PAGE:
I could not find anything about it. What does it mean?



「読{よ}んで + + さ」=「読んで + いて + さ」

「いて」 (てーform of the progressive 「いる」) is very often contracted to 「て」 in informal speech.

We say 「読んでて」、「見てて」、「食べてて」、「してて」, etc. You just cannot speak natural informal Japanese without using this いて-to-て contraction dozens of times a day.

Next, the sentence-ending particle 「さ」.

「さ」 is used to make a light and casual (and sometimes careless) kind of declaration. This sentence-ender does not have a clear meaning of its own. It is the kind of sentence-ender that some people use quite heavily out of a habit while others rarely do. Without exaggeration, some actually use it at the end of every phrase (or even word) like:


In the real Japanese-speaking world, there is such thing as "one's go-to sentence-ender". Some go to 「よ」, some to 「ね」, some to 「さ」, etc. What type are you?

Here is an extremely famous children's song for you. Lyrics by a さ-type person.


  • Is いて the same as いる in my sentence? Because it's not a request at all.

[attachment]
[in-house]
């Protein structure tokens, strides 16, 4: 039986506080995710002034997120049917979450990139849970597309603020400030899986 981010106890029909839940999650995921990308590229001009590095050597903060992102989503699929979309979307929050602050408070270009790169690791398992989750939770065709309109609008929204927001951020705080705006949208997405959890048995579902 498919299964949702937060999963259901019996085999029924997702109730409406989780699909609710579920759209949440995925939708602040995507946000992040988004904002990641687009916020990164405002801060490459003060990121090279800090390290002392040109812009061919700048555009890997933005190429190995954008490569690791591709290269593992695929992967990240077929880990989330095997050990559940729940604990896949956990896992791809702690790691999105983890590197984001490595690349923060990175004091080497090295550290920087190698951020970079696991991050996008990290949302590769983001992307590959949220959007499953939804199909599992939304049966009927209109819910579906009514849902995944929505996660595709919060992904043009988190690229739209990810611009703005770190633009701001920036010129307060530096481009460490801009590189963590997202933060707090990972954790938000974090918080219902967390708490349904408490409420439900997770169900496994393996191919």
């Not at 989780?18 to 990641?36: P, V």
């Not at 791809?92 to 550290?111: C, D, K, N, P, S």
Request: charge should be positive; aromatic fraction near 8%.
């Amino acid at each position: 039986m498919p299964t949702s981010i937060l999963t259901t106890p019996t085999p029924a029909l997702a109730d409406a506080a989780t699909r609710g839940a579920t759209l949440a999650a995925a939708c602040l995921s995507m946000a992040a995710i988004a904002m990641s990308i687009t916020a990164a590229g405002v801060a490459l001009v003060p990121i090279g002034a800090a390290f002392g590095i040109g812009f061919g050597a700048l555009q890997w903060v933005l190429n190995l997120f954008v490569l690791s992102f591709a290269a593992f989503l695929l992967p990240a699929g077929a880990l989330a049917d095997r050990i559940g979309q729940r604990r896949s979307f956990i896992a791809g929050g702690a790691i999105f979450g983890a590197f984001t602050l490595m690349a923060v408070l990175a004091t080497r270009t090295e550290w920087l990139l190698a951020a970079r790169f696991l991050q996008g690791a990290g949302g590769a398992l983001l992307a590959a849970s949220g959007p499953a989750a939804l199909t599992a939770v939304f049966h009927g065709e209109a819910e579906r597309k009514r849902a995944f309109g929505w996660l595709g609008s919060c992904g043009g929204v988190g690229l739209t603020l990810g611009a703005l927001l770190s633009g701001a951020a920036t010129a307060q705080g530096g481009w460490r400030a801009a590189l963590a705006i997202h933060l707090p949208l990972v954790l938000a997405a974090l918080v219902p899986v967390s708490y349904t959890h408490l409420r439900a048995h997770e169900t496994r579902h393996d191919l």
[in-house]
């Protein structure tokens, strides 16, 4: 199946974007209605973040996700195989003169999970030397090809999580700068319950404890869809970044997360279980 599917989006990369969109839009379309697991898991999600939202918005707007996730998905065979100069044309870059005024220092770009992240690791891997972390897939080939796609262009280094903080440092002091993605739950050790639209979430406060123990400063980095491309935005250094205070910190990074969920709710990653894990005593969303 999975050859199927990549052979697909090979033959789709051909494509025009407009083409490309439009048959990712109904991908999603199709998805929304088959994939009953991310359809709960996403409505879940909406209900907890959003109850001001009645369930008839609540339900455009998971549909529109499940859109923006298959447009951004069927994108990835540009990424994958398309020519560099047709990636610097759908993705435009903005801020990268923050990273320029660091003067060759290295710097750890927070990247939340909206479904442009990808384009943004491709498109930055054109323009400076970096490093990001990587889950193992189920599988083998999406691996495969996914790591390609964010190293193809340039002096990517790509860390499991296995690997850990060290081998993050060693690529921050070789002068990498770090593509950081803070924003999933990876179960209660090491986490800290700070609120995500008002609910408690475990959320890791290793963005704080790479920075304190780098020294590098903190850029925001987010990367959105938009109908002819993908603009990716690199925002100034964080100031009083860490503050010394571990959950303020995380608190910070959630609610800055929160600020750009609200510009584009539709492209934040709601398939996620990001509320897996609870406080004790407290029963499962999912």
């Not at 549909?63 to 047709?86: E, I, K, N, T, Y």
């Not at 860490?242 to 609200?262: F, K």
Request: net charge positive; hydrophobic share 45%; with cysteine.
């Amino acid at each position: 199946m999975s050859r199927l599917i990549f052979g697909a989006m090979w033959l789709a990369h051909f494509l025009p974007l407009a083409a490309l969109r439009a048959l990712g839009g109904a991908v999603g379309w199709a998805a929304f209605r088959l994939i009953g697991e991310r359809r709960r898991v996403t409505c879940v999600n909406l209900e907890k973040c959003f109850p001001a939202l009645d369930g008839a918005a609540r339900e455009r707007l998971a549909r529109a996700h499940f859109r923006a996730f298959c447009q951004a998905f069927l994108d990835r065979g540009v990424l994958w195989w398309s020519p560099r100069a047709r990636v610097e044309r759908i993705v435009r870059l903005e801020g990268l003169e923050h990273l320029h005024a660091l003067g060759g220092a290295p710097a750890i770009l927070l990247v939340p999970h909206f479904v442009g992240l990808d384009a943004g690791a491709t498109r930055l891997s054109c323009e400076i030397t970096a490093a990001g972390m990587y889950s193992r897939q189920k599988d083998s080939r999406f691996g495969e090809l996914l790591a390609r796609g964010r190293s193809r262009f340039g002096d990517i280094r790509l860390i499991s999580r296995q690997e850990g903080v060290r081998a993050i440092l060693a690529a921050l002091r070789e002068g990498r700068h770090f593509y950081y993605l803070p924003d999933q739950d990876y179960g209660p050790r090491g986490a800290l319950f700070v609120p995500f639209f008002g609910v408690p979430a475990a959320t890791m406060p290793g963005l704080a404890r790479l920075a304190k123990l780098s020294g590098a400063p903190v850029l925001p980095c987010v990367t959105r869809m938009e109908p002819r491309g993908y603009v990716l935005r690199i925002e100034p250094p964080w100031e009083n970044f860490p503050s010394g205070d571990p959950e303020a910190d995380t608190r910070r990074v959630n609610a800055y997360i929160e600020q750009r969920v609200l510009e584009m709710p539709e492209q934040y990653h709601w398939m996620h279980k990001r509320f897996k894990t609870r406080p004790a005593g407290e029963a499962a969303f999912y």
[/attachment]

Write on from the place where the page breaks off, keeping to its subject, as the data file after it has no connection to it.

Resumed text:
– Dav7n
    Jan 19 '17 at 0:56
  • 1
    But I never said or suggested that it was a request. Instead, I clearly stated that it was the progressive いて. All I said was that 「読んで(い)て」 was the te-form of 「読んで(い)る」 and 「読んで(い)た」. Jan 19 '17 at 1:36
  • Sorry for the misunderstanding, I said that due to some searches. Your answer was very clear.
    – Dav7n
    Jan 19 '17 at 1:44

The さ on the end is one of those mood particles that gets added on the end of sentences, like よ or ね or わ. The て is an abbreviated いて, the conjunctive or -te form of いる, so 読んでいて is the verb part of the sentence here.

Try proceeding from this point and see if it makes any more sense to you. :)

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